(Reuters) – Hundreds of activists in kayaks and small boats fanned out on a Seattle bay on Saturday to protest plans by Royal Dutch Shell to resume oil exploration in the Arctic and keep two of its drilling rigs stored in the city’s port.
Environmental groups have vowed to disrupt the Anglo-Dutch oil company’s efforts to use the Seattle as a home base as it outfits the rigs to return to the Chukchi Sea off Alaska, saying drilling in the remote Arctic waters could lead to an ecological catastrophe.
Demonstrators have planned days of protests, both on land and in Elliott Bay, home to the Port of Seattle, where the first of the two rigs docked on Thursday.
Kayakers on Saturday paddled around the rig yelling “Shell No.” Others unfurled a large banner that read “Climate Justice.”
Environmental groups contend harsh and shifting weather conditions make it impossible to drill in the Arctic, a region with a fragile environment that helps regulate the global climate because of its vast layers of sea ice.
Allison Warden, 42, said she traveled from Alaska to represent her native Inupiaq tribe, which makes its home in the Arctic. She said whales central to the tribe’s culture are particularly vulnerable to oil spills.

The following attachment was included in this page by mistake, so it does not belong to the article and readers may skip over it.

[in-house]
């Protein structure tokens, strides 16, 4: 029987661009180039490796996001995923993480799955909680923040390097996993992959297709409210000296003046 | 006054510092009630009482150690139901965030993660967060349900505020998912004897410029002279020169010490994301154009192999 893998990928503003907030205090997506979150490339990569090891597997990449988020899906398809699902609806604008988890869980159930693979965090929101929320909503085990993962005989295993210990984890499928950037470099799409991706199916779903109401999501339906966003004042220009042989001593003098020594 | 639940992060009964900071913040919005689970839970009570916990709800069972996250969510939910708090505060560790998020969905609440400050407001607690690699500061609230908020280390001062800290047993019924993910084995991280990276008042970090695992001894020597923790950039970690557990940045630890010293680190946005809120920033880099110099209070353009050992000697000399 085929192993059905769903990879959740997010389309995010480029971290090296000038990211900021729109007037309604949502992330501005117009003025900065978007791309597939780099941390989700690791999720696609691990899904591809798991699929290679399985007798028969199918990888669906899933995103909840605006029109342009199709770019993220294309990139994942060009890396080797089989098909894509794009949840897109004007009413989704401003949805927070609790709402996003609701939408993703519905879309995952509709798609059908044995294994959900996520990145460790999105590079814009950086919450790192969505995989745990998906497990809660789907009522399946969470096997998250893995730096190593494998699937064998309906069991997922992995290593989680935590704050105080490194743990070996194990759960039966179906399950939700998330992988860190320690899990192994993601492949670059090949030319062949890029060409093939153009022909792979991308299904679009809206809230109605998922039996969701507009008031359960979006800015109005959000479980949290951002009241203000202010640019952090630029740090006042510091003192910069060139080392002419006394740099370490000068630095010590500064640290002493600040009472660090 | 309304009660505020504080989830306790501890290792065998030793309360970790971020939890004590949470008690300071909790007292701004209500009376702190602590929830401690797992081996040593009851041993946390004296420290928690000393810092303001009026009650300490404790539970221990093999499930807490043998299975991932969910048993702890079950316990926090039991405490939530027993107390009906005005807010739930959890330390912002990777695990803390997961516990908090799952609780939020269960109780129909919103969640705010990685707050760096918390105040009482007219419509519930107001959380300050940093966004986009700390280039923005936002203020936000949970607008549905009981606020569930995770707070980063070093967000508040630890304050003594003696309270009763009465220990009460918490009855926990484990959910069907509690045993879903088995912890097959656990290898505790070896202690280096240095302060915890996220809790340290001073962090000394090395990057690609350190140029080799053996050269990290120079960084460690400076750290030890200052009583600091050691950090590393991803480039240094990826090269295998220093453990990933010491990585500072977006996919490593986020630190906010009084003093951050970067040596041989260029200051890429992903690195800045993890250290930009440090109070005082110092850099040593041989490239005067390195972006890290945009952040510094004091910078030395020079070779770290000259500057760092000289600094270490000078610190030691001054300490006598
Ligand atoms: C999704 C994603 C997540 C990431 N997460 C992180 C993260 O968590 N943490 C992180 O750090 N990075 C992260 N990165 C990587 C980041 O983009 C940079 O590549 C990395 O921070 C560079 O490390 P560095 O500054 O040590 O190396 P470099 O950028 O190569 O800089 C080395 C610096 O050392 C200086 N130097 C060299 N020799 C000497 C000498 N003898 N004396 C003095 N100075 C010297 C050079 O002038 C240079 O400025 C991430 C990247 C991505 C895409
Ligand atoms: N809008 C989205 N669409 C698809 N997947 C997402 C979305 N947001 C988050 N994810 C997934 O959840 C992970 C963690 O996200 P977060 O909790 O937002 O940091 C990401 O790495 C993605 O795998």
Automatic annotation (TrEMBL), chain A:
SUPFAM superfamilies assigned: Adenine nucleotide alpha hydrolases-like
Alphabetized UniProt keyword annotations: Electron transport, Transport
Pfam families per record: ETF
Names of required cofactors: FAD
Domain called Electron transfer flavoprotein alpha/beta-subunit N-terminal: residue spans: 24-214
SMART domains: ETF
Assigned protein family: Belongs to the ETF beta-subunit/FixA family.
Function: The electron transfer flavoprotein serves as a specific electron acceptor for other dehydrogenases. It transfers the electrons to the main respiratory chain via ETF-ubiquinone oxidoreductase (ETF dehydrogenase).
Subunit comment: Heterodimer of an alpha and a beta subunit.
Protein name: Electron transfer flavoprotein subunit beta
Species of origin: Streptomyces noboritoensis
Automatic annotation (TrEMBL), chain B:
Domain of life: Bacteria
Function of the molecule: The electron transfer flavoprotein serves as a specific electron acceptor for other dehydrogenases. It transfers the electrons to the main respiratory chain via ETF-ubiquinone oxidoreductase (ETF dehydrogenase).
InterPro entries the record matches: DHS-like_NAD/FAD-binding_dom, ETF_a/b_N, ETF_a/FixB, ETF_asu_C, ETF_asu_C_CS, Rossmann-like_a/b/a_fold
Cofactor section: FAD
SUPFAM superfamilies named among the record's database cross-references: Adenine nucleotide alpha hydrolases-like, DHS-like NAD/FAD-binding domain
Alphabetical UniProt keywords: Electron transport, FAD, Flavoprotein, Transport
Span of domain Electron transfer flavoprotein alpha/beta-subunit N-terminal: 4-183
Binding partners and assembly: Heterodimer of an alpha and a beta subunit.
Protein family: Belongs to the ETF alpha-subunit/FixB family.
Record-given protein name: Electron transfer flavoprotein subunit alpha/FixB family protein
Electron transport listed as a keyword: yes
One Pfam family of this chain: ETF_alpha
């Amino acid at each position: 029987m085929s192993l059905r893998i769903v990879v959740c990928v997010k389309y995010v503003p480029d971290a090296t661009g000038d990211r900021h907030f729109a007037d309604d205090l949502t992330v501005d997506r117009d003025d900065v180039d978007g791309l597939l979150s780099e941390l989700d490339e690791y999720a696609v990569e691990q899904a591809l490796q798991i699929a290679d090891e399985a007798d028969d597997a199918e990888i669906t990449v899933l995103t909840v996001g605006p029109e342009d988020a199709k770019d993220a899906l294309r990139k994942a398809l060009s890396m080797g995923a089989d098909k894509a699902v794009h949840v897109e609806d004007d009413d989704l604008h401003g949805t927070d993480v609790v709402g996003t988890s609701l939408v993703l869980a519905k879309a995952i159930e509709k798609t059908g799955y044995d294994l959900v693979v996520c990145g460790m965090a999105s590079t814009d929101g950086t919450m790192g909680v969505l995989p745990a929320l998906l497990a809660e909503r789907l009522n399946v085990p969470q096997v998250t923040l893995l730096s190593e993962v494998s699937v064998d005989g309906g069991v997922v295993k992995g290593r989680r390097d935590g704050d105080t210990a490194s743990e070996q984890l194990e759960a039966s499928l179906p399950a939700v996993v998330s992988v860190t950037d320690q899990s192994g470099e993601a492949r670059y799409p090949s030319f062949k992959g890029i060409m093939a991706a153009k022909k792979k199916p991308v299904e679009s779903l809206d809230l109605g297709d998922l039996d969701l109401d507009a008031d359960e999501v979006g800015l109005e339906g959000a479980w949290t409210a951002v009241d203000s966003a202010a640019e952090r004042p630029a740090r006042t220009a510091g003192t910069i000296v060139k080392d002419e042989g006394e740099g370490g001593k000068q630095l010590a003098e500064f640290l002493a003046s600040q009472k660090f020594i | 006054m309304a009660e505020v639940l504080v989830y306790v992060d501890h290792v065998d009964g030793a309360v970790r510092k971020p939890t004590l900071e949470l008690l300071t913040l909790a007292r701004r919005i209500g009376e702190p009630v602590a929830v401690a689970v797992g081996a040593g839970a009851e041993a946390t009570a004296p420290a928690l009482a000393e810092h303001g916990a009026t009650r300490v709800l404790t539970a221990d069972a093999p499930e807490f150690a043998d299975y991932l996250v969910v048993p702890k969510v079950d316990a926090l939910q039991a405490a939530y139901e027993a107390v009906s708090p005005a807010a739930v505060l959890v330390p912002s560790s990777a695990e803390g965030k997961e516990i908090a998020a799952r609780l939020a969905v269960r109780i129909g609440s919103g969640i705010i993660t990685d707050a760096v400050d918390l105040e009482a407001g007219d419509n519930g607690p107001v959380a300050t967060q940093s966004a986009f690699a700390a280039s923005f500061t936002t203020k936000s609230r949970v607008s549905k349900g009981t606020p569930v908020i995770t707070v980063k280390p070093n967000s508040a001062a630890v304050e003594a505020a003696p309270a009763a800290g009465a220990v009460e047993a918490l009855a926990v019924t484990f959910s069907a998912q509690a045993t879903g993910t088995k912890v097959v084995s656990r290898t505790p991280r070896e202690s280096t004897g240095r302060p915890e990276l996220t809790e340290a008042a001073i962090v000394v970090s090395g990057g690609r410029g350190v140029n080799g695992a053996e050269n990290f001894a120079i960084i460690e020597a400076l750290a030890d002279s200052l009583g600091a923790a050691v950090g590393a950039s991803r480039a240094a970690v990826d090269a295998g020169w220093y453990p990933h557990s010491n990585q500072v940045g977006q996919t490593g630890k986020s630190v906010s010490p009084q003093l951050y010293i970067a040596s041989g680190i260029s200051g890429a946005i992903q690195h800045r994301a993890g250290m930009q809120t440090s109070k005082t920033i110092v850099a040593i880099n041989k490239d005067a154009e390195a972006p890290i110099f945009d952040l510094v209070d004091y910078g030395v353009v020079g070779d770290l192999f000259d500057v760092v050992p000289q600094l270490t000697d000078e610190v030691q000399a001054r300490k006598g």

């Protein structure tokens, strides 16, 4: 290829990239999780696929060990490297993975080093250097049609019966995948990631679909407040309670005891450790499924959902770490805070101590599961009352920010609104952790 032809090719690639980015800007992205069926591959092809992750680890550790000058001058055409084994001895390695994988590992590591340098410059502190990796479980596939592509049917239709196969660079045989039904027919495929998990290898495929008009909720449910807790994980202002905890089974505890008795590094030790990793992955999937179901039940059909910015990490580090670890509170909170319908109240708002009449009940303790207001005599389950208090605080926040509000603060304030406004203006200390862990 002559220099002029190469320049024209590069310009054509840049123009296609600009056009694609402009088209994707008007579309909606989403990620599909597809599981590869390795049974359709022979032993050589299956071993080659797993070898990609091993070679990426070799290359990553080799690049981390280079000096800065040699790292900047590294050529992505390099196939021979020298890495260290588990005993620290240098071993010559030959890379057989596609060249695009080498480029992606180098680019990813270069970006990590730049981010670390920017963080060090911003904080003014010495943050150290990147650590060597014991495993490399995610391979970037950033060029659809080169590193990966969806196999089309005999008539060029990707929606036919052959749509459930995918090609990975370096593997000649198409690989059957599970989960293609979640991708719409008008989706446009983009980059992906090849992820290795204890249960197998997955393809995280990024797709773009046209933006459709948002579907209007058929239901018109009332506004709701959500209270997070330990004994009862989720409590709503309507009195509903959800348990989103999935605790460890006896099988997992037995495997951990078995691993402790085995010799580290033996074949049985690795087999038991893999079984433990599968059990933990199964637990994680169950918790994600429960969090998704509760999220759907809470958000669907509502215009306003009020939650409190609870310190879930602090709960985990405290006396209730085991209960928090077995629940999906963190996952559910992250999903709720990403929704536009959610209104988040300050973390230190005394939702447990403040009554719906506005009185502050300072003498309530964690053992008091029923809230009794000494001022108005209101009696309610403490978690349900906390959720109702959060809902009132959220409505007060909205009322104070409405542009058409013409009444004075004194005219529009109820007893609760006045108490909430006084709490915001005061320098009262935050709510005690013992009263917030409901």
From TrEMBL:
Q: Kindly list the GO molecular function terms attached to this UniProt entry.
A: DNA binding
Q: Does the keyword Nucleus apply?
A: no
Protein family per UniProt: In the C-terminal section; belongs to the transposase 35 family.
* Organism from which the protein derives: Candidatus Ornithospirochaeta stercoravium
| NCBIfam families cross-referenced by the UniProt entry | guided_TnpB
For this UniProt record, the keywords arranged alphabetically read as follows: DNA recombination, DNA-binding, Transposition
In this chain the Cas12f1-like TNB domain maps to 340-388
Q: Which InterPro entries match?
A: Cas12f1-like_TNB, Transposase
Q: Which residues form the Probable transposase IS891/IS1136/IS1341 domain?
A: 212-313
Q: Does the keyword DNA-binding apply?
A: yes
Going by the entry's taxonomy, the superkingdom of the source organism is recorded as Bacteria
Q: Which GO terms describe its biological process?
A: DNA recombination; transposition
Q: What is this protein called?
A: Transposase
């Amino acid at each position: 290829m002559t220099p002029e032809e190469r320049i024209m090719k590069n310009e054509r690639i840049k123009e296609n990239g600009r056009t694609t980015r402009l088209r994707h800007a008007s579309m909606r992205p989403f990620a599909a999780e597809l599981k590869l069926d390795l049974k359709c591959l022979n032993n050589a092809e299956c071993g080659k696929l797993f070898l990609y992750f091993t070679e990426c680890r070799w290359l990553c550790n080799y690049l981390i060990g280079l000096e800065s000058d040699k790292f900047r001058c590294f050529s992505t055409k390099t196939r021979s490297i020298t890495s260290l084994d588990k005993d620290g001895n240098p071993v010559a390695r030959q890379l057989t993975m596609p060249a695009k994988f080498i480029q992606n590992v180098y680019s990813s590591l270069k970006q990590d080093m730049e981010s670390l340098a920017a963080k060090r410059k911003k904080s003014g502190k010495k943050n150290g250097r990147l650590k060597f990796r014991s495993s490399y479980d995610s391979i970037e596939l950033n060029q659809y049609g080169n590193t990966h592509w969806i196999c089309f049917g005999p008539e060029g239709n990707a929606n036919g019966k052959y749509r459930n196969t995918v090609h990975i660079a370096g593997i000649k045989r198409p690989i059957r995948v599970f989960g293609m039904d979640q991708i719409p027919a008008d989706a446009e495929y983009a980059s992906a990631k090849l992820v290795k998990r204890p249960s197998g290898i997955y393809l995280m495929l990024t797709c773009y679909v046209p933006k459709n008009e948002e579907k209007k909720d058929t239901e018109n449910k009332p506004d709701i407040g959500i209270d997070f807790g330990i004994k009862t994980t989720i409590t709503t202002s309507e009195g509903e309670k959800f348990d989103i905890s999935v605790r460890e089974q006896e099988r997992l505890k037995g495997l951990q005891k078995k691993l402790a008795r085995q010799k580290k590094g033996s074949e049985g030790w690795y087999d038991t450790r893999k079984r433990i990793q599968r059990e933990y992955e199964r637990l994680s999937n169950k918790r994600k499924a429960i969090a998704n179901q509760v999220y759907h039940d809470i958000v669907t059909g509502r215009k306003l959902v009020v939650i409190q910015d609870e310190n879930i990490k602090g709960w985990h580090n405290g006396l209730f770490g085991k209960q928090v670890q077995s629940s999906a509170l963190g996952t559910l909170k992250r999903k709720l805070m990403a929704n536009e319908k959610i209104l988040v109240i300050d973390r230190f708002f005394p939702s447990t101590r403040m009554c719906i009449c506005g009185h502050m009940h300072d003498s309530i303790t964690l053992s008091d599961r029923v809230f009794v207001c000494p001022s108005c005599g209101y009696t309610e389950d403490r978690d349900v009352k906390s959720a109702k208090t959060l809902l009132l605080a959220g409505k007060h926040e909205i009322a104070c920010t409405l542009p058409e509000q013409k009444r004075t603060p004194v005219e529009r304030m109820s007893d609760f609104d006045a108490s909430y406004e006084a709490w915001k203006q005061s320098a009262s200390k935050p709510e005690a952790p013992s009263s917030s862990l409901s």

“I don’t know what our culture would be without whaling. It’s at the center of everything we do,” she said. “It’s a different relationship than just going to the grocery store. The whale feeds the entire community,” she said.
Opponents of the rigs docking in Seattle, a city known for its environmental causes, include Mayor Ed Murray and the City Council.
Shell was bringing in the rigs and moving ahead as planned despite the opposition and a ruling earlier this week by the city’s planning department that the port’s agreement with the company was in violation of its city permit.
“The timeline now is just to make sure the rigs are ready to go,” said Curtis Smith, a Shell spokesman.
The second rig is expected at the port in the coming days.
Earlier this week, the U.S. Bureau of Ocean Energy Management gave conditional approval to Shell’s resumption of fossil fuel exploration in the Arctic, which was suspended after a mishap-filled 2012 season.
The decision was met with approval by some Alaska lawmakers, who said it would bring money and jobs to the state. (Editing by Cynthia Johnston, Eric Beech and Steve Orlofsky)